The most important feature of code is that it's *correct*. A program should do what it was built to do. However, there are other important aspects of code. For example, readability and modifiability are related and important: code often needs to be repaired or extended. In this video, we'll take a look at a another feature of code: its performance. We'll be focusing on how quickly a program runs.
Take a look at this piece of code. Given an array of some length, this function assigns a value to every element of the array.
In particular, it assigns the index i to the value at index i in the array.
Now, compare our previous function to this new function. This function takes the same parameters.
But what does it do?
In the first loop, every element in the array is assigned 0.
The next loop starts with i = 1. In the first iteration of that loop, every element starting at position 1 has 1 added to its current value.
When i = 2, then the inner loop skips indices 0 and 1. Again, 1 is added to the current value of every item. Take a second -- do you see the pattern?
Eventually, every item in the array will have 1 added to it n times -- where n is its index in the array.
These two functions do exactly the same thing. They have the same functionality. Let's assume they're both correct.
Which one is better?
This function is certainly simpler to understand, so I would argue that it's better. Furthermore, this function is also *faster*, which is another reason why it's better. Let's see why.
Every operation a computer performs takes time. Checking this boolean condition, for example.
Or assigning a value.
The more operations we tell the computer to do, the longer the program will run. To get a precise count of how long a program will run, we need to know how long each operation takes
and how many operations are required to complete each C operation -- like a for loop.
However, we don't need to be *that* precise. We can get an estimate of how long a program will take to run by counting the most common operations.
In this case, assigning a value to the array is one of the most common operations, so we'll count array assignments. There is exactly one array assignment per iteration of the loop.
And the loop executes n times. So there are a total of n array assignments.
Compare that to the number of assignments in our more complicated function. In the first loop, we have n assignments: one per iteration of the loop, and the loop runs n times. In the second loop, we have roughly n squared assignments.
There's one assignment in the innermost loop.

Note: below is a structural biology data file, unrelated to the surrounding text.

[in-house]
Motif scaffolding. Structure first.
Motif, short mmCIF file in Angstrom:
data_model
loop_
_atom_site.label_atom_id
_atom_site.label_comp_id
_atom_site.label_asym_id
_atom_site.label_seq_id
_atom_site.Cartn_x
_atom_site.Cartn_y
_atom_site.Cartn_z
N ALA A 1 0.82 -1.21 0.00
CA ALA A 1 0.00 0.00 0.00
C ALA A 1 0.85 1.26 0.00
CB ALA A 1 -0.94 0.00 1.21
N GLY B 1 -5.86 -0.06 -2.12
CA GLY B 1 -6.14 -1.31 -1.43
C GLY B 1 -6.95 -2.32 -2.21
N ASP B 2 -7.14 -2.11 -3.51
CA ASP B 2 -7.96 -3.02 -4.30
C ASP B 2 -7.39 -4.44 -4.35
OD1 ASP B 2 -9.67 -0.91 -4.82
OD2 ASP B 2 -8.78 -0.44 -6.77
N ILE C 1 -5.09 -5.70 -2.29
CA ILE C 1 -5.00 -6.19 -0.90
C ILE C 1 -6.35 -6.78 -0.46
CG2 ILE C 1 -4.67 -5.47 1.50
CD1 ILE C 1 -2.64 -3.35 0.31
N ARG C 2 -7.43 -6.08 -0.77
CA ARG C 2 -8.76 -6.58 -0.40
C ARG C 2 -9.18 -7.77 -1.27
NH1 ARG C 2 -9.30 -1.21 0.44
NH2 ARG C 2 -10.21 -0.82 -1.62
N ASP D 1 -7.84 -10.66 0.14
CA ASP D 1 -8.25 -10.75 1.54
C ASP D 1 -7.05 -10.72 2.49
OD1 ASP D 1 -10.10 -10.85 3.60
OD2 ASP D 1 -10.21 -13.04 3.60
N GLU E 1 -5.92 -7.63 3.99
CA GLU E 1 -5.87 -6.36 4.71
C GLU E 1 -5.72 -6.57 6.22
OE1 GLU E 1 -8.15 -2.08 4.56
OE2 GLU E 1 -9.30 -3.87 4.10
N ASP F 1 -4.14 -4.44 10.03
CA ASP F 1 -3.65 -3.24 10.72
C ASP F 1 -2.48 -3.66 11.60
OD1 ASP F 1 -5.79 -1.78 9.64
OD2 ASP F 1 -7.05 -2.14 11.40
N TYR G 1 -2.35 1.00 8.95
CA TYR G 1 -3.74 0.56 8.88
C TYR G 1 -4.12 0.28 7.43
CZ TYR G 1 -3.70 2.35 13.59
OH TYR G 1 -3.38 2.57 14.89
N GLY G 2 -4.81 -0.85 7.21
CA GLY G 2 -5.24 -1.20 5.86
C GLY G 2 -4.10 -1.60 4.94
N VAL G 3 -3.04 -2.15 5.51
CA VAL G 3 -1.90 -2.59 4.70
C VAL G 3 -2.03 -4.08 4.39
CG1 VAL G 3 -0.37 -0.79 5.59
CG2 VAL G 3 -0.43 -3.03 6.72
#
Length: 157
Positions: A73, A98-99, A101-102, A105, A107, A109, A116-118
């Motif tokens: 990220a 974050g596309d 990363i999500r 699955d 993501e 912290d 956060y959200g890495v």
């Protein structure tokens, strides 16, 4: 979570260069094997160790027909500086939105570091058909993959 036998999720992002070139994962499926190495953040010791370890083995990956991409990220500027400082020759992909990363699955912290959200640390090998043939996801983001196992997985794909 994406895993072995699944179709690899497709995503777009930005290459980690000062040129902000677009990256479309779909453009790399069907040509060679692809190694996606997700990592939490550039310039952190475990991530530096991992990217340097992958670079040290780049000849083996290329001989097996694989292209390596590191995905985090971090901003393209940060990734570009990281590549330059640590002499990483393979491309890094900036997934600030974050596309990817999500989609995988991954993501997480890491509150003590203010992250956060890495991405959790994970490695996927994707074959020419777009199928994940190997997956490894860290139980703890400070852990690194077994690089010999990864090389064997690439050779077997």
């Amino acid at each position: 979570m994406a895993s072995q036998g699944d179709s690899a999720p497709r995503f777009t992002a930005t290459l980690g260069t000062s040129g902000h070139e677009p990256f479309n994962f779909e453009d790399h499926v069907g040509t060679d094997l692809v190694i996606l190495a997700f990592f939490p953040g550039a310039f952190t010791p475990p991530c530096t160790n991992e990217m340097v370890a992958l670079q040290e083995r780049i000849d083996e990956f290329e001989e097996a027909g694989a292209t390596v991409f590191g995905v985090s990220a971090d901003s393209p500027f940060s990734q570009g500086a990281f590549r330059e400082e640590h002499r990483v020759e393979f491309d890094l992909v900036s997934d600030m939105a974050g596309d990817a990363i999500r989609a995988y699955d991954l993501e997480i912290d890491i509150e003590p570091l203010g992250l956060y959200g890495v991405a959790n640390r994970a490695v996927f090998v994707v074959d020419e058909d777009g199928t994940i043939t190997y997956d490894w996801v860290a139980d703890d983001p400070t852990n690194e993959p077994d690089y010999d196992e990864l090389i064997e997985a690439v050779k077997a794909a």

That loop executes at most n times. That's n assignments so far.
And the whole inner loop is executed at most n times. That's n times n -- or n squared -- total assignments.
That means that if our first function takes n seconds to run, we are estimating that our second function will take n * n seconds to run -- far worse.
But you might be saying, "It's not that bad. j doesn't start at 0. It starts at i." And you're right to be skeptical, but it turns out that we can be a little rough with our estimates. We're looking for trends, rather than counting every operation precisely.
Here's a program that will time our functions.
We get the time before we run a function and then after the function is run.
And then print the difference.
Let's try it.
Linear is *way* faster, as we expect. But why?
We ran our program twice. Once for an array of size 8192. And once for an array that was twice as large.
And while it's not perfect, you can see that linear took about twice as much time to run on the array that was twice as large.
But quadratic didn't take twice as much time. It took about *four* times as much time. That's 2 * 2 times as much -- what we would expect, given our calculation that quadratic would take N * N seconds to run. Every time we double the size of the array, quadratic takes four times as much time.
You might be wondering why we picked 8192 and 16384, rather than 1 or 2. The issue is that our computers are very fast. Each operation takes a fraction of a second -- if your processor runs at 3 gigahertz, then it can perform roughly 3 *billion* operations per second. It's only when we look at a large number of operations that we can see any difference at all.
Furthermore, many issues are affecting the performance of our machines: what other programs are running, how hot the processor is, whether the moon is full. Well, maybe not that last factor. But the issue is that we can't be precise when we're estimating performance.
And that explains why I said that we can be rough with our estimates and ignore the fact that j starts at i, rather than at 0. We can't estimate performance precisely, so a precise count of operations isn't important. It's the *trend* -- how quickly or slowly the number of operations grows as the input size increases -- that we care about. We'll explore this idea in more depth in the next video.
But before we go, let me reiterate an important point. At the beginning of this video, we mentioned that *correctness* was the most important feature of code. *Performance*, which is what we are evaluating by timing our code, is, in most cases, *unimportant*. It's only when you are dealing with large amounts of data or repeated operations that you need to worry about performance. So here's a general rule: don't worry about performance until you have to. Write your code without thinking about performance and then improve it later *if it matters*.